To assess quality and compliance with the standards, Accreditation Canada surveyors observe day to day processes through a number of tracers. For example, in an Episode of Care tracer, surveyors follow the path of a patient through its interactions with a particular team or service, from first point of contact to end of service. The tracer is an opportunity for the surveyor to view services through the eyes of the patients, focusing on their experience with transitions of care, effective information transfer, continuity of care, efficient flow, and patient/family involvement.

The Acute and Rehabilitation SCI Standards of Care, developed through a partnership between the RHI and Accreditation Canada, are an example of service excellence standards that are part of the Qmentum Program. The intent of the standards was to provide content that is tailored to reflect the unique needs and journeys of care of persons with SCI and to incorporate current evidence-informed best practice in SCI care. This specialized content will help centres better pinpoint where to focus their efforts to advance practice, with an added richness when compared to the more generic service standards.

Learn more about the Acute and Rehab SCI Standards.

Measuring improvement

The reporting of indicators has not traditionally been a part of the Qmentum accreditation program: at this time it is not required to submit indicator data to Accreditation Canada to be accredited under Qmentum. However, centres do need to successfully demonstrate that they have robust processes around measuring for improvement.

This content has been significantly strengthened in the latest version of service excellence standards released in January 2014. Therefore, for site visits starting in 2015, the criteria language now requires organizations to provide more specific detail around how they select meaningful indicators of both process and outcome, how they are measured over time, how they benchmark against peers, and more importantly, how they use the data to drive improvement.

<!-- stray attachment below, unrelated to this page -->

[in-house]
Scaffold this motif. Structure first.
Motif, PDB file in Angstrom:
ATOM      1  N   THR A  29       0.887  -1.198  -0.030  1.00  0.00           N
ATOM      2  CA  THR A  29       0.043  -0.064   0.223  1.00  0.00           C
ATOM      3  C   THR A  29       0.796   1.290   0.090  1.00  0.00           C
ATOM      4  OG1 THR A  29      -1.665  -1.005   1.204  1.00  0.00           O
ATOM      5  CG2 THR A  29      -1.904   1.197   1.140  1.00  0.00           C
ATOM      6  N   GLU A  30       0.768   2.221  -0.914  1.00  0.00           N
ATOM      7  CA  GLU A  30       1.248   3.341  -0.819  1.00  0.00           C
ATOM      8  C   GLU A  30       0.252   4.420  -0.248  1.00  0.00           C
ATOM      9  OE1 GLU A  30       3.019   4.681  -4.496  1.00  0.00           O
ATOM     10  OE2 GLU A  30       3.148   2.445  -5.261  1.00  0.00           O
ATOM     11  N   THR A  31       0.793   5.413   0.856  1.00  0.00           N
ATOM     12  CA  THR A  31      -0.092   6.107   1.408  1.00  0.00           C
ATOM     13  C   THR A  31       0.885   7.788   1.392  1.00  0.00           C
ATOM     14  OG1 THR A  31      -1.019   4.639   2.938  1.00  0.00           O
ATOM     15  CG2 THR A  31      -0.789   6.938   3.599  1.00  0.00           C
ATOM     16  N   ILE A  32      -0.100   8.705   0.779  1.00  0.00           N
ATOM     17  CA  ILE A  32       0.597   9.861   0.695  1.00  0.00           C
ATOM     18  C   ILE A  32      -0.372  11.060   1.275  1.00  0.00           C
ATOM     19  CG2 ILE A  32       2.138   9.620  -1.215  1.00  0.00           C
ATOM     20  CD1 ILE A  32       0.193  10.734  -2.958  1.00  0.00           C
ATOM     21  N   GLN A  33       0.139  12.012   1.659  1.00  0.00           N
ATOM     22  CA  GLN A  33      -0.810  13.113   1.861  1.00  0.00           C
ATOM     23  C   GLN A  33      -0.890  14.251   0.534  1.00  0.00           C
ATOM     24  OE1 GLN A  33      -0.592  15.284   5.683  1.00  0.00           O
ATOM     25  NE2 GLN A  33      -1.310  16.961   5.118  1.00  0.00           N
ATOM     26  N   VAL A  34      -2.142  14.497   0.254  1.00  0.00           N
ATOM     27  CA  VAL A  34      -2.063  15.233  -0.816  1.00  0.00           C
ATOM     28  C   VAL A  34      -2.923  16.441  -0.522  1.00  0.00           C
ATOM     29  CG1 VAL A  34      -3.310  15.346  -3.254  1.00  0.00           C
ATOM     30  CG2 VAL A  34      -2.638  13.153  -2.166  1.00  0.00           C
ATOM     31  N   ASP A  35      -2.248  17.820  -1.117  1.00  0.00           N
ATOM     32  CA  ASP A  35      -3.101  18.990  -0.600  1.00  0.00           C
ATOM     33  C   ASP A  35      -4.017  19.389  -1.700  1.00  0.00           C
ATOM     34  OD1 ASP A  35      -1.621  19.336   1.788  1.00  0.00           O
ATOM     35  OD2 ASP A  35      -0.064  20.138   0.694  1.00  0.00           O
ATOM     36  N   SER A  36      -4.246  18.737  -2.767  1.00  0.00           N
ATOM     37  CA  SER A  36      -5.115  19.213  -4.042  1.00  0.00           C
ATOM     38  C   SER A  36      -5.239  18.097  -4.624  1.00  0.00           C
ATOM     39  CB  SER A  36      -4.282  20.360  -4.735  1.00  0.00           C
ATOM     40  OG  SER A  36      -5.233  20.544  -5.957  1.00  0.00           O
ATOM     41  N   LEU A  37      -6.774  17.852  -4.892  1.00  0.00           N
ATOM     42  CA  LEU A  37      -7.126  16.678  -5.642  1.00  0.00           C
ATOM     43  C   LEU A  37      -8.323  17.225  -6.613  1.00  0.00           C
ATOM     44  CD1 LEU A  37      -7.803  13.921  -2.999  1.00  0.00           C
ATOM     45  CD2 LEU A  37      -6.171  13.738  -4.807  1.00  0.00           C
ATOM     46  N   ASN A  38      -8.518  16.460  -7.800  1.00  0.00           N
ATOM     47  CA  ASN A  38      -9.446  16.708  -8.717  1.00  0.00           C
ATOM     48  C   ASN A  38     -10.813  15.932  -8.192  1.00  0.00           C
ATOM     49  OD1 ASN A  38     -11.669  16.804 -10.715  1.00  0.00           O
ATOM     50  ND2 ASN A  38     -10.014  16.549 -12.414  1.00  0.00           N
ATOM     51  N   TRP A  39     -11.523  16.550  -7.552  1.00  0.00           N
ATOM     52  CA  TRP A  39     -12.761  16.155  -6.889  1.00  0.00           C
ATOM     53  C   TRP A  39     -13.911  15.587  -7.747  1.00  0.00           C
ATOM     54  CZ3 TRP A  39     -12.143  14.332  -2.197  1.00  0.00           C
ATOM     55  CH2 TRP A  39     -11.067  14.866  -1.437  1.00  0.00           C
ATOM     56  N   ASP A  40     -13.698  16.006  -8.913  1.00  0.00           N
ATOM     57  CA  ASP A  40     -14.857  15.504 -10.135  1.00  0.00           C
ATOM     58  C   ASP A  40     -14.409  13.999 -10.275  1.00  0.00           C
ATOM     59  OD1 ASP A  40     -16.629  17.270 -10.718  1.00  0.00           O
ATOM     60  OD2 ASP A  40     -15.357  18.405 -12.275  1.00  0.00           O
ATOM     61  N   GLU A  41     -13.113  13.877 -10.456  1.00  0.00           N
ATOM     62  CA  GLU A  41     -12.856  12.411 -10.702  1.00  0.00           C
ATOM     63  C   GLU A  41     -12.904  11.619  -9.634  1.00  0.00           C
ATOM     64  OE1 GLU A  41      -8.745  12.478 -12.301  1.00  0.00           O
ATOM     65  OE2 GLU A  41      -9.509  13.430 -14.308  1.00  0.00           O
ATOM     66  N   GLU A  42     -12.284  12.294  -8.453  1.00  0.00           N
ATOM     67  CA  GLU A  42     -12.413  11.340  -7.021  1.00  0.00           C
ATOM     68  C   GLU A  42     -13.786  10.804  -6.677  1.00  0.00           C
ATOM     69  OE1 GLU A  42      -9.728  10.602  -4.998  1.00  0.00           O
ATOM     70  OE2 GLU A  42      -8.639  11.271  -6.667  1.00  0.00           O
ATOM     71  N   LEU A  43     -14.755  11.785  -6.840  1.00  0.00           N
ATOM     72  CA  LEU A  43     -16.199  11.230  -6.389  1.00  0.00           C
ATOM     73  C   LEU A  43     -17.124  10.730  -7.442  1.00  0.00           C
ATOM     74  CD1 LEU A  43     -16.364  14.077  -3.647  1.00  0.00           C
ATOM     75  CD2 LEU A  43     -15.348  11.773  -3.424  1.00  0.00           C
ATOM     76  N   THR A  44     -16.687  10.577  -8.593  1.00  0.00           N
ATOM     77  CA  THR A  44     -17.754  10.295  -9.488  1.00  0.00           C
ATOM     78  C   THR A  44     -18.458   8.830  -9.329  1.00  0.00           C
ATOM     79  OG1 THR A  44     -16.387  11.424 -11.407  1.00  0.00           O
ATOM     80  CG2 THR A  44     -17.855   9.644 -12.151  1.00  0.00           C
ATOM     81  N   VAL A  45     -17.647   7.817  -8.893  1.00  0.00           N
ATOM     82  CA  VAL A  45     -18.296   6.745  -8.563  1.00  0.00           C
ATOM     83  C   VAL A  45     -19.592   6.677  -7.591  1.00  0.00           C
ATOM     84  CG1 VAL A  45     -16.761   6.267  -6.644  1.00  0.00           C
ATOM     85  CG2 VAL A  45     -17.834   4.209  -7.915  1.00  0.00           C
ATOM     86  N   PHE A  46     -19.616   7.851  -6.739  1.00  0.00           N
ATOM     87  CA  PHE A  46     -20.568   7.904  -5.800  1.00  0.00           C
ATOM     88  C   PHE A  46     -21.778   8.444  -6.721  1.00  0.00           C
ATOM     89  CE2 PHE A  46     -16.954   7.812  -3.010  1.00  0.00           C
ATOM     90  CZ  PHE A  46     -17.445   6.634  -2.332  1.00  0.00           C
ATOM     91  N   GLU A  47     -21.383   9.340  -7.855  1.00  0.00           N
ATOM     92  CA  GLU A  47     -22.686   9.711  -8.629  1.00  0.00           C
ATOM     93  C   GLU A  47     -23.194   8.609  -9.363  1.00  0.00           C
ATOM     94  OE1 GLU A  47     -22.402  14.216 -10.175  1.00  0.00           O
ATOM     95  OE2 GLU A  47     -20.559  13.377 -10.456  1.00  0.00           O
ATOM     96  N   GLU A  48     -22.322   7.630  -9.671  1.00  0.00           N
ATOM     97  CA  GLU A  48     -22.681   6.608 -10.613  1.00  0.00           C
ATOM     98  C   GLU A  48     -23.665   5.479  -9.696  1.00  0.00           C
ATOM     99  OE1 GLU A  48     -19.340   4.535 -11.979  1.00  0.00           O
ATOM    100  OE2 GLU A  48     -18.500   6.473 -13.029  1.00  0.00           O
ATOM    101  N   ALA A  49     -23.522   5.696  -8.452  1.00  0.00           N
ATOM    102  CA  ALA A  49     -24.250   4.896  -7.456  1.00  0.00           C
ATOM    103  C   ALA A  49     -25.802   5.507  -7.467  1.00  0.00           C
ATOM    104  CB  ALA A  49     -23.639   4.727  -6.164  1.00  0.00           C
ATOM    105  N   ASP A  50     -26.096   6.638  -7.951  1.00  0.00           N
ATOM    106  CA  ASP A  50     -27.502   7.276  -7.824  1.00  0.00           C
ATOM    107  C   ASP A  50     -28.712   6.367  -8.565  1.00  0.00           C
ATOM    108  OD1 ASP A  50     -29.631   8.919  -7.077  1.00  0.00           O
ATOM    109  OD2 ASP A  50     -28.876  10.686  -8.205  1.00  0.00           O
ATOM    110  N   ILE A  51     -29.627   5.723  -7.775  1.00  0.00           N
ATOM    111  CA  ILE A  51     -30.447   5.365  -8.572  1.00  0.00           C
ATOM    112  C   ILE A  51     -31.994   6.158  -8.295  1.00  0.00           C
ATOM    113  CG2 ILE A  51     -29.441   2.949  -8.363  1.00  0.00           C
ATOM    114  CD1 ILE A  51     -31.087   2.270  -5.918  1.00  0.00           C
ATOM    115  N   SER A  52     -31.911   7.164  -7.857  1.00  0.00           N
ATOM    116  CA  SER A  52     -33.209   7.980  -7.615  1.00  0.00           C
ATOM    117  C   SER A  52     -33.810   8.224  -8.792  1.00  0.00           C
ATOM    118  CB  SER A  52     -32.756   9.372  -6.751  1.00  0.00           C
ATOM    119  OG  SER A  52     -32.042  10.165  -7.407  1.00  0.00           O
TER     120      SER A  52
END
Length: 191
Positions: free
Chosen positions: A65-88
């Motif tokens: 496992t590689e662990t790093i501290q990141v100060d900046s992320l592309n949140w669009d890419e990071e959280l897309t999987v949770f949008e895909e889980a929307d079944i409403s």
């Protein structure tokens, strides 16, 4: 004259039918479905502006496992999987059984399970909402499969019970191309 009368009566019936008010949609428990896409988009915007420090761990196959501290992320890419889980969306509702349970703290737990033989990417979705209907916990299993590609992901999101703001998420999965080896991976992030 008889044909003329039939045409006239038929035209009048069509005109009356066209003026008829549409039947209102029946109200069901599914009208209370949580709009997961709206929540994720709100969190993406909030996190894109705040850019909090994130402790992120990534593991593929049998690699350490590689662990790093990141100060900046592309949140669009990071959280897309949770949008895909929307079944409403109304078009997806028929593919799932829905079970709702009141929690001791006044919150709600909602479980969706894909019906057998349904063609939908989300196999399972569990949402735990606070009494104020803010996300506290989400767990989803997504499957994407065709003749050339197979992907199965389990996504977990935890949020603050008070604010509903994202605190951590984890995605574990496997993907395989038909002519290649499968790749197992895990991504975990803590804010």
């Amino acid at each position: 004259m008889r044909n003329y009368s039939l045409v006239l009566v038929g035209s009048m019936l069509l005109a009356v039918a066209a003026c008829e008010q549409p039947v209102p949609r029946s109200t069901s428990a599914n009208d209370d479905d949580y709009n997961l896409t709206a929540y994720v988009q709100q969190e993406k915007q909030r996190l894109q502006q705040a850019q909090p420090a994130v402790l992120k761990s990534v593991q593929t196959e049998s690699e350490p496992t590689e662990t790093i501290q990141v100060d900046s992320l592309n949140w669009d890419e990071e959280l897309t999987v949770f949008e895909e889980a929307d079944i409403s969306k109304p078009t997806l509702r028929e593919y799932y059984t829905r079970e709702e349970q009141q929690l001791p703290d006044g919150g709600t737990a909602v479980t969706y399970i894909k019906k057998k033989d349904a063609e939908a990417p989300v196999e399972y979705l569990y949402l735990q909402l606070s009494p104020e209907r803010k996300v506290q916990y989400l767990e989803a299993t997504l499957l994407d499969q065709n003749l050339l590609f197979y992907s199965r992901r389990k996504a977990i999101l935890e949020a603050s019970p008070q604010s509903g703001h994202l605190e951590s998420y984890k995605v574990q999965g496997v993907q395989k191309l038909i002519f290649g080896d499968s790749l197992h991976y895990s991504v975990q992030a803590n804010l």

A nationally coordinated strategy for common key performance indicators would not only help each centre to demonstrate compliance with the standards around measurement for improvement, but it would also represent a Leading Practice (a Leading Practice is an innovative example of leadership and service delivery that has been recognized by Accreditation Canada). This will establish the SCI community of care as leaders and innovators amongst other program areas that have not yet developed this level of robustness for measuring improvement.

How is this related to the National Action Plan?

During the ACT workshop, the Accreditation Canada Trauma Distinction Program indicators were proposed for measuring the SCI system of care (pre-hospital through to the community) as part of the ACT data collection process in the National Action PlanCollection of indicators could help facilities meet the requirements for successfully demonstrating that facilities have robust processes around measuring for improvement (see above).

For more information on the Qmentum program or the Acute and Rehabilitation SCI Standards of Care, please visit Qmentum Accreditation Program on the Accreditation Canada website or visit RHI's clinical resource site, SCI2, for the standards (login required), tools and resources on the SCI Standards in Acute and Rehab Care.



Trauma Distinction Program (Indicators)

Trauma Distinction Program

What is the Trauma Distinction Program?

Trauma Distinction Program is a service that Accreditation Canada offers, and that has inspired the content of the Access to Care and Timing (ACT) Workshop. Distinction designation is on a separate, independent cycle from Qmentum accreditation: it is every two years, with different deliverables and milestones. Rather than designating a site as meeting standards of best practice, this designation is of a centre of excellence, an innovator and a leader in the field.

Distinction is awarded for an area of specialized care, rather than to the entire organization like Qmentum accreditation. Currently, Accreditation Canada has a distinction program for stroke care and is also working to release a Trauma distinction program in collaboration with the Trauma Association of Canada, which is targeted for September 2014.